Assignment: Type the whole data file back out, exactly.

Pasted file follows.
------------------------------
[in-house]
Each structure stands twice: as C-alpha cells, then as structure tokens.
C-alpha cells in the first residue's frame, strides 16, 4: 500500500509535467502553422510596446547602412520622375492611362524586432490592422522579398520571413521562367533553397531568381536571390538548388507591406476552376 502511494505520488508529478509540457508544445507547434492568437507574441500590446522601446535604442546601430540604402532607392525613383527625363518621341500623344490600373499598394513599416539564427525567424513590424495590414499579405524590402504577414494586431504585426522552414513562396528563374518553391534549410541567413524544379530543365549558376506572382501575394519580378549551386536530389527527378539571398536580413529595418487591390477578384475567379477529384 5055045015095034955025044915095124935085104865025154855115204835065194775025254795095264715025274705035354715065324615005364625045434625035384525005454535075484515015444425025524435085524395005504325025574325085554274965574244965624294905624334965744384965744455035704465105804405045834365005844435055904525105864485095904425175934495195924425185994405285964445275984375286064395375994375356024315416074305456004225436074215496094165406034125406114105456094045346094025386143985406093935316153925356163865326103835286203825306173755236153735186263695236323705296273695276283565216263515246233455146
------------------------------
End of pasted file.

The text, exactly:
[in-house]
Each structure stands twice: as C-alpha cells, then as structure tokens.
C-alpha cells in the first residue's frame, strides 16, 4: 500500500509535467502553422510596446547602412520622375492611362524586432490592422522579398520571413521562367533553397531568381536571390538548388507591406476552376 502511494505520488508529478509540457508544445507547434492568437507574441500590446522601446535604442546601430540604402532607392525613383527625363518621341500623344490600373499598394513599416539564427525567424513590424495590414499579405524590402504577414494586431504585426522552414513562396528563374518553391534549410541567413524544379530543365549558376506572382501575394519580378549551386536530389527527378539571398536580413529595418487591390477578384475567379477529384 5055045015095034955025044915095124935085104865025154855115204835065194775025254795095264715025274705035354715065324615005364625045434625035384525005454535075484515015444425025524435085524395005504325025574325085554274965574244965624294905624334965744384965744455035704465105804405045834365005844435055904525105864485095904425175934495195924425185994405285964445275984375286064395375994375356024315416074305456004225436074215496094165406034125406114105456094045346094025386143985406093935316153925356163865326103835286203825306173755236153735186263695236323705296273695276283565216263515246233455146